- The Washington Times - Sunday, March 12, 2006

Familiar faces

Dylan McDermott is leading a group of TV favorites hoping to come back to the tube this fall.

Mr. McDermott, best know for his starring role on “The Practice,” is joining ABC’s drama pilot “A House Divided,” which explores the conflict between a Midwest farming community and the U.S. government, the Associated Press reports.

Mr. McDermott, who won a Golden Globe for his starring role as an ethically challenged attorney on “The Practice,” starred in the CBS drama pilot “3 Lbs.” last development season.

In other pilot casting news, “Family Law’s” Julie Warner won’t have to stretch much when she appears in ABC’s one-hour pilot “Women in Law,” a comedy-drama about women working at a law firm.

Lizzy Caplan of the WB’s “Related” has landed a role in CBS’ comedy series “The Class,” about eight former third-grade classmates who are reunited as adults after years apart. Miss Caplan will play one of them, a jaded, attractive and sharp-tongued photographer.

And Annie Potts, best known for her work on “Designing Women,” has joined Fox’s comedy pilot “Julie Reno, Bounty Hunter,” which centers on a single mom-turned-bounty hunter (Erin Daniels). Miss Potts will play her mother, a former stripper. The actress most recently had a recurring role on CBS’ “Joan of Arcadia.”

Gervais’ forget me not

Ricky Gervais doesn’t want to be forgotten, and with so many projects under way there’s little fear of that happening any time soon.

The writer-performer who immortalized the understimulating workplace in the British TV comedy “The Office,” is developing a second series of his sitcom, “Extras,” and has written an episode of the U.S. version of “The Office.” He appears in Christopher Guest’s forthcoming ensemble movie, “For Your Consideration,” and wrote and starred in an episode of his favorite show, “The Simpsons,” AP reports.

That doesn’t even include his weekly Podcast, which just entered Guinness World Records as the most-downloaded ever, and his life as a children’s author.

Might the 44-year-old Englishman be just the slightest bit driven?

“Everyone wants to leave their mark on the world, I suppose,” Mr. Gervais told AP. “This is mine. It’s the modern, slightly more sophisticated equivalent of me writing on a wall, ‘Ricky Gervais woz ‘ere.’”

Mr. Gervais’ latest project is “More Flanimals,” his second children’s volume, published this month in the United States. A sequel to the best-selling “Flanimals,” the book explores the cuddly, funny, yet cruelly Darwinian world of sprot tumblers, splunges, clunge amblers and other colorfully named creatures.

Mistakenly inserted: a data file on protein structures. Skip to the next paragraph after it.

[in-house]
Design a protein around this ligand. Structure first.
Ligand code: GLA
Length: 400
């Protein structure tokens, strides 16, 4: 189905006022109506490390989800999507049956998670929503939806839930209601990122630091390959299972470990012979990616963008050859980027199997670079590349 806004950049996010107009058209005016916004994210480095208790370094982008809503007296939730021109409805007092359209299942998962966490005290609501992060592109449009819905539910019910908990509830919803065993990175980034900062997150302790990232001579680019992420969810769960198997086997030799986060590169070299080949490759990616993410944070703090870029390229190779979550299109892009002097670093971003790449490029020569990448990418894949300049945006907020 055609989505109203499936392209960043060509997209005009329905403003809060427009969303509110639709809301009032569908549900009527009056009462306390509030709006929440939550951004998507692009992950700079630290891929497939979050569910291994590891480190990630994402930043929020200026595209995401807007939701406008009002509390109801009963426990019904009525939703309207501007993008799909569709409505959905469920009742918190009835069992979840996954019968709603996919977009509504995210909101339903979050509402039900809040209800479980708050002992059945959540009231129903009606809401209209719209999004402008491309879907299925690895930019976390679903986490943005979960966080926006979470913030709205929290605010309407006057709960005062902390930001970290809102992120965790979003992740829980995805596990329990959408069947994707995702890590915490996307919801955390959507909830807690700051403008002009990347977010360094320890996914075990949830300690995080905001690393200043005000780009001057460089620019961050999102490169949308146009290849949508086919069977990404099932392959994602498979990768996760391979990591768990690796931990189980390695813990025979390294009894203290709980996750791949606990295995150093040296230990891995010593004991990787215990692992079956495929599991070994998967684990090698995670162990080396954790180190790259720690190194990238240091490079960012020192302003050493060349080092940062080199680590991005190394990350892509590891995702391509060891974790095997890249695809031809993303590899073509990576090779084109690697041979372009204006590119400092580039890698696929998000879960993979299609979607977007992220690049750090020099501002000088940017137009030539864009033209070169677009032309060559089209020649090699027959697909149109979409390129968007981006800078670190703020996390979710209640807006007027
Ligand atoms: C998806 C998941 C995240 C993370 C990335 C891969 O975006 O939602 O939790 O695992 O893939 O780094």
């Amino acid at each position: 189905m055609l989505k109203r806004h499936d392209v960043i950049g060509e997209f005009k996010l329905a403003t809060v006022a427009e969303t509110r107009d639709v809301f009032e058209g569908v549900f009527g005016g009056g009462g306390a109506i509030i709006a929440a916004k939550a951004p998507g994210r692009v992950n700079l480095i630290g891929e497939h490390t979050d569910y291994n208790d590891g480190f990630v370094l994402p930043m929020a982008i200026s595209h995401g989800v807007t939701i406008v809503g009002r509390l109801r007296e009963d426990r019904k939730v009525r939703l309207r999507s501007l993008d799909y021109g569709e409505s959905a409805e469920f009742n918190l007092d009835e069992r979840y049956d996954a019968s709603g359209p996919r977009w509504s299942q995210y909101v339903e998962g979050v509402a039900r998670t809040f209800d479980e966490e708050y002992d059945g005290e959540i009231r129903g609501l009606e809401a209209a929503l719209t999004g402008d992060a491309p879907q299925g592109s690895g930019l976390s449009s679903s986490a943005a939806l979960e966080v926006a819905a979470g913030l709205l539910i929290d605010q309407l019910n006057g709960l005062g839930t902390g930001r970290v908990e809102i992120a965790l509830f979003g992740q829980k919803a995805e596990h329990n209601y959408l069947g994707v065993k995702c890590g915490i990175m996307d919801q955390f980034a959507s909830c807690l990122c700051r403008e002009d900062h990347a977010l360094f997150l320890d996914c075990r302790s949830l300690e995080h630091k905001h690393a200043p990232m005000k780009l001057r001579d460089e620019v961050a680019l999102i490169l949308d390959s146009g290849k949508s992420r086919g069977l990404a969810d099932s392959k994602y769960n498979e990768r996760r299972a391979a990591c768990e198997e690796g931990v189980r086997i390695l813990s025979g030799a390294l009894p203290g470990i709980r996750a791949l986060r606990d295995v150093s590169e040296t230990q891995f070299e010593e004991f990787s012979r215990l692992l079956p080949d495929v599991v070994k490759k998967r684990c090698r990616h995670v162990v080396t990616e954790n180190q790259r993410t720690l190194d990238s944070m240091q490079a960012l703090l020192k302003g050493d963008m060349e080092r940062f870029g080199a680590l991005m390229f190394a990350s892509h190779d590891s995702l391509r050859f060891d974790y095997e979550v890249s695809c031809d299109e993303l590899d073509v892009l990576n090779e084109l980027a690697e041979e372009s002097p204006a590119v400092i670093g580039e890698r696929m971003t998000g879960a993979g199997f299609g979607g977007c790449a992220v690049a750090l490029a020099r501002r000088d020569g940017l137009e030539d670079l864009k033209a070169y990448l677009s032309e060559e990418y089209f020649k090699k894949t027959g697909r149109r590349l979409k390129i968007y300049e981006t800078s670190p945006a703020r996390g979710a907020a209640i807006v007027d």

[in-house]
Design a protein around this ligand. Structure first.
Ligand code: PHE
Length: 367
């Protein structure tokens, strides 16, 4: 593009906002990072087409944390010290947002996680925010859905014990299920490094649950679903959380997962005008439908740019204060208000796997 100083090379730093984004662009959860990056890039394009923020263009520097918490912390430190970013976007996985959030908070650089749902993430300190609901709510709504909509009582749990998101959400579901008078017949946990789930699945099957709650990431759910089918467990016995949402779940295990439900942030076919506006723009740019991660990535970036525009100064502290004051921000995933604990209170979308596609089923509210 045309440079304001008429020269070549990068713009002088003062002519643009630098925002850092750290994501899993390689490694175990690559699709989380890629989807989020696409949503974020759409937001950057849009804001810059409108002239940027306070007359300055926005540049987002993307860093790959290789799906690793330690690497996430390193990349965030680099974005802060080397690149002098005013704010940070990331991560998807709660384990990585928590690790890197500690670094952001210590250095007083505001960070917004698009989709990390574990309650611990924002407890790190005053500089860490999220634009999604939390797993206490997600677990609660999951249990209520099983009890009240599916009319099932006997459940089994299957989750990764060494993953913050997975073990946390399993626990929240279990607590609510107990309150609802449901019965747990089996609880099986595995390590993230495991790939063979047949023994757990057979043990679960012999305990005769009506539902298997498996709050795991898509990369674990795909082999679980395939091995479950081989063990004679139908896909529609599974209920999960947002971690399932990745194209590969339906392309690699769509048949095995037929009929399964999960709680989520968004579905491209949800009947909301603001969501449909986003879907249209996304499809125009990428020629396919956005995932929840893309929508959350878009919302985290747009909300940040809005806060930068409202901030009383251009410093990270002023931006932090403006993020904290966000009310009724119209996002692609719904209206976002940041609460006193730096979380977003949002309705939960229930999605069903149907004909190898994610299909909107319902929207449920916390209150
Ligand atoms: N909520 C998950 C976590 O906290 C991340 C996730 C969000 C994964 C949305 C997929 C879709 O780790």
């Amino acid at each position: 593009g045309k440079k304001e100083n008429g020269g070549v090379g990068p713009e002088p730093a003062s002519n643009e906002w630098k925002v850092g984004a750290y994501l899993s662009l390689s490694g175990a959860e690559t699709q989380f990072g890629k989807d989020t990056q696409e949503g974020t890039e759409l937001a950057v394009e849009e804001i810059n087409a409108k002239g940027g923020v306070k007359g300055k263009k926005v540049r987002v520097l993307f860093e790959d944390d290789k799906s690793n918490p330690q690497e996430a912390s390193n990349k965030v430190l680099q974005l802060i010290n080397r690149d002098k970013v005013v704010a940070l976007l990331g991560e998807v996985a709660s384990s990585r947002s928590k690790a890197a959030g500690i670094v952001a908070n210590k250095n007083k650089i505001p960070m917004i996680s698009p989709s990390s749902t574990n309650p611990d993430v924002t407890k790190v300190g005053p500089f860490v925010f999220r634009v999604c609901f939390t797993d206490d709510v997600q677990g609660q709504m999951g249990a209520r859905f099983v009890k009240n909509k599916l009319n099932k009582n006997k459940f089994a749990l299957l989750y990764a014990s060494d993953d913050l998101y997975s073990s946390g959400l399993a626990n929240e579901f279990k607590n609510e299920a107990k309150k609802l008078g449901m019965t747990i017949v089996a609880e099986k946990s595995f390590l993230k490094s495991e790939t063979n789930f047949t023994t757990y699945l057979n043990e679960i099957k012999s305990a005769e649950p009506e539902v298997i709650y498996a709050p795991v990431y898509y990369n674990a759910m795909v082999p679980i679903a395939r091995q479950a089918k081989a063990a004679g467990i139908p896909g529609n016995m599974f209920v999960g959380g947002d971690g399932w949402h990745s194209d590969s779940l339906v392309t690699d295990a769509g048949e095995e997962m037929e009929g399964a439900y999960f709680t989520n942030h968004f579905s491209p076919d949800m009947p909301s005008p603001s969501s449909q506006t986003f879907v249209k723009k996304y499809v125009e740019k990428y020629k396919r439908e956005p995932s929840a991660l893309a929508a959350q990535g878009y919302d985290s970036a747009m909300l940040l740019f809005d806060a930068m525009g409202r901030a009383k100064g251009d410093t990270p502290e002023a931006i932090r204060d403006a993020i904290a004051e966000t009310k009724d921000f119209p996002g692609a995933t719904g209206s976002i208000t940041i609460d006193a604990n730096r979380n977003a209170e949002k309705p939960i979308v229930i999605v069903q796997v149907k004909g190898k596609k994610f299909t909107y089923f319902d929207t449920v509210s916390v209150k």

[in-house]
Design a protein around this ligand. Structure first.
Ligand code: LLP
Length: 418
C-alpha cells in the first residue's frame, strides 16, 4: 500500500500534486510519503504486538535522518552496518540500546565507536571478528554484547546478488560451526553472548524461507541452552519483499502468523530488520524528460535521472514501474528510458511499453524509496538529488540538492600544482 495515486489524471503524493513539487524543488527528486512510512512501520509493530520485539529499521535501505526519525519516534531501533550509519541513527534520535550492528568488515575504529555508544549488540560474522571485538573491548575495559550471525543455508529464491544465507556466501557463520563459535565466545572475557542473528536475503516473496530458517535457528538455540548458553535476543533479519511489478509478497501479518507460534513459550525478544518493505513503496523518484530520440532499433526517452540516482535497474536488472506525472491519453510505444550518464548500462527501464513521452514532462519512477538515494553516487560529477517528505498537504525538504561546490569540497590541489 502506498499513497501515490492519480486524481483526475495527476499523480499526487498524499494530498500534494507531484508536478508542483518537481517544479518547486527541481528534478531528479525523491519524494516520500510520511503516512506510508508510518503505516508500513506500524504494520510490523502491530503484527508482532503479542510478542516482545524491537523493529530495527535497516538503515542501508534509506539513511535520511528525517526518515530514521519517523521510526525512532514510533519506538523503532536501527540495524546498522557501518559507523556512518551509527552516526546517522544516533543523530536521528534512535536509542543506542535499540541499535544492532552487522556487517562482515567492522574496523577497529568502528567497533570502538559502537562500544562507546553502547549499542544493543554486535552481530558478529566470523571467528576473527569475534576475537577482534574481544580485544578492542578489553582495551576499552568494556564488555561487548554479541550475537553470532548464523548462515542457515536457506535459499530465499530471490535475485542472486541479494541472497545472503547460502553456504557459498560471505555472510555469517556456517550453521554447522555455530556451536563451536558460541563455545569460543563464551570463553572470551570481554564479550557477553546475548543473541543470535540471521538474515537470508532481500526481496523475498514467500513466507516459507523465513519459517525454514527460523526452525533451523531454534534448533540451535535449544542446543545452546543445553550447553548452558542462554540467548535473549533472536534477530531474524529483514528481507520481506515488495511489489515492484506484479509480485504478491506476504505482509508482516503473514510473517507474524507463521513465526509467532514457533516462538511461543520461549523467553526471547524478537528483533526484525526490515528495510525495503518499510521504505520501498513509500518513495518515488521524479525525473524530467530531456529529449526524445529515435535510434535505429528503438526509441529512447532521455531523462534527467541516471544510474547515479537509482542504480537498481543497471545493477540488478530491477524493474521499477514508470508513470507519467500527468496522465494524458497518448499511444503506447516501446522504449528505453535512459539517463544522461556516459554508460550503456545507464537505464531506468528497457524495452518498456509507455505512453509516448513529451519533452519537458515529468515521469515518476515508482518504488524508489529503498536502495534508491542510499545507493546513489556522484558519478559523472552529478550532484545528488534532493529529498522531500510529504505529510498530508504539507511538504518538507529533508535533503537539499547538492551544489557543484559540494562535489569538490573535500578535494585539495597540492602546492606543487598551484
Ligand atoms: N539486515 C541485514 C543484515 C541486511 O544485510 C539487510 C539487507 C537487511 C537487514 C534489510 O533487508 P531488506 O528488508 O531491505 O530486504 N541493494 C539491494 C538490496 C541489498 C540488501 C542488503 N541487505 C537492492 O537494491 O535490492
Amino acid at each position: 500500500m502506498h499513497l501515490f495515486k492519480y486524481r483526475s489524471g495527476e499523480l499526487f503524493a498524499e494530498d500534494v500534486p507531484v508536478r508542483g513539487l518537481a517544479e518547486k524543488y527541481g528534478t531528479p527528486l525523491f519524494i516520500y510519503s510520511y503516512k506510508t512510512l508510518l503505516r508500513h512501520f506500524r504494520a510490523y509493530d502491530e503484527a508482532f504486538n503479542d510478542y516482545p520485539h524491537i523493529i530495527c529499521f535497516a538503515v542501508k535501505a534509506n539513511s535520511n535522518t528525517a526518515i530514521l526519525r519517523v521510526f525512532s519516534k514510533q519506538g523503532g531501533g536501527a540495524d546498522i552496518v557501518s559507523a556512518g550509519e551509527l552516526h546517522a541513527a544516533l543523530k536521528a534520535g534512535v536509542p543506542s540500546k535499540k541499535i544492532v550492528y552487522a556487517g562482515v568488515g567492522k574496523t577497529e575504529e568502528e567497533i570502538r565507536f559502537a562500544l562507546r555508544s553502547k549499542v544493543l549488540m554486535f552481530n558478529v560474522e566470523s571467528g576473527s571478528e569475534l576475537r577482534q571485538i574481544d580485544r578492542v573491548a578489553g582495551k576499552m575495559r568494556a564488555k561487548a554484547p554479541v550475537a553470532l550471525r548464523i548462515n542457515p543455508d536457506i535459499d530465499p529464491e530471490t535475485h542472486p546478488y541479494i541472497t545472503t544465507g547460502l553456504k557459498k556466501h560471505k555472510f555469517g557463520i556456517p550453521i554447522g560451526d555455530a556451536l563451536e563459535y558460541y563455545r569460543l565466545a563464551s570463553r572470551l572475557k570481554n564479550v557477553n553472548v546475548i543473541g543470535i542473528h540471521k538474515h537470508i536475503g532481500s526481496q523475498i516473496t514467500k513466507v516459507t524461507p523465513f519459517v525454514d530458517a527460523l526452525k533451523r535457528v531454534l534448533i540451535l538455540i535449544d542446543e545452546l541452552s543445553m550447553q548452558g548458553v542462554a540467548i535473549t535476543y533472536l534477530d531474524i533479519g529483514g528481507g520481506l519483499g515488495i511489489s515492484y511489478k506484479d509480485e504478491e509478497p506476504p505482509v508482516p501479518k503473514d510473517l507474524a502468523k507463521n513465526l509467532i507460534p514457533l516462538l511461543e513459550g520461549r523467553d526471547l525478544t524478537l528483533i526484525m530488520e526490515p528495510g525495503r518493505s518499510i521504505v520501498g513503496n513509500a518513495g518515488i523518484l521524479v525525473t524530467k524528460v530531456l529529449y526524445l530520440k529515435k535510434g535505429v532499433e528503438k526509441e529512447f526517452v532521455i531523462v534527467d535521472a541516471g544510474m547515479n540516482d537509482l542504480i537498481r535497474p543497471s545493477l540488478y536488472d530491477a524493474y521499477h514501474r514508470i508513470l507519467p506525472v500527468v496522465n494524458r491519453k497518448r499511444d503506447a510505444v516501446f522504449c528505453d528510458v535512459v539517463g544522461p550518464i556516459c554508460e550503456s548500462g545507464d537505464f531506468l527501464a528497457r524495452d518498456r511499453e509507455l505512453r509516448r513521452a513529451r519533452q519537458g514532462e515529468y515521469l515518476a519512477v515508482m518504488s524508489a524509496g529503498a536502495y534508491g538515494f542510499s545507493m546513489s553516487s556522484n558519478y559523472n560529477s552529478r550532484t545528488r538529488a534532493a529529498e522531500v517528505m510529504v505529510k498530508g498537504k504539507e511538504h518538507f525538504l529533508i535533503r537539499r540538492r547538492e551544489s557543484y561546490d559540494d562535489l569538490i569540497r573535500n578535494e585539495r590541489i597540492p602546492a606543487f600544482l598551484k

The notion of a legacy is important to Mr. Gervais. The man who maintained a student’s frugal lifestyle into his mid-30s is now so hot he finds himself turning down wildly lucrative offers. He said no to a part in “Mission: Impossible III” and recalls with amazement being offered $1 million to film a liquor commercial.

At the moment, he’s proud of his “Simpsons” episode, which sees Homer and Marge participating in a “Wife Swap”-style reality show.

Mr. Gervais considers “The Simpsons” the greatest show on television, and writing for it “was the most daunting thing I’d ever done.”

“It’s the only thing I’m a nerd about,” he said. “I’m Comic Book Guy for ‘The Simpsons.’”

Will’s new ‘Girl’

Eric McCormack will soon leave Debra Messing for another woman.

Mr. McCormack, star of the long-running “Will & Grace,” will segue from that show’s finale this season to a starring role in Neil LaBute’s new play “Some Girl,” the Reuters news agency reports.

He’ll take over a role played in London last year by another well-known U.S. television personality, “Friends” star David Schwimmer.

Mr. McCormack, who plays Will Truman in the NBC situation comedy about a homosexual man and his best friend (Miss Messing), will play “Man” in the play, about a soon-to-be-engaged man who pays a last visit to four ex-girlfriends.

The play is set to open for the first time in the U.S. on June 8 at the off-Broadway Lucille Lortel Theater. It will be directed by Jo Bonney, who also directed Mr. LaBute’s critically acclaimed “Fat Pig” in New York in 2004.

The play about a man who reluctantly falls in love with a fat woman but is embarrassed by her size is currently in production at Washington’s Studio Theatre through March 26.

Mr. LaBute, whose film directing credits include “Nurse Betty” and “Possession,” is best known for his 1997 film “In the Company of Men,” the raw story of two men who plot to humiliate a naive deaf woman for fun.

The “W&G;” series finale is due to air on May 18, the day after Mr. McCormack starts previews of the new play. The actor appeared on Broadway in 2001 in “The Music Man” and the following year made several cameo appearances in “The Play What I Wrote,” directed by Kenneth Branagh.

Compiled by Christian Toto from wire reports.

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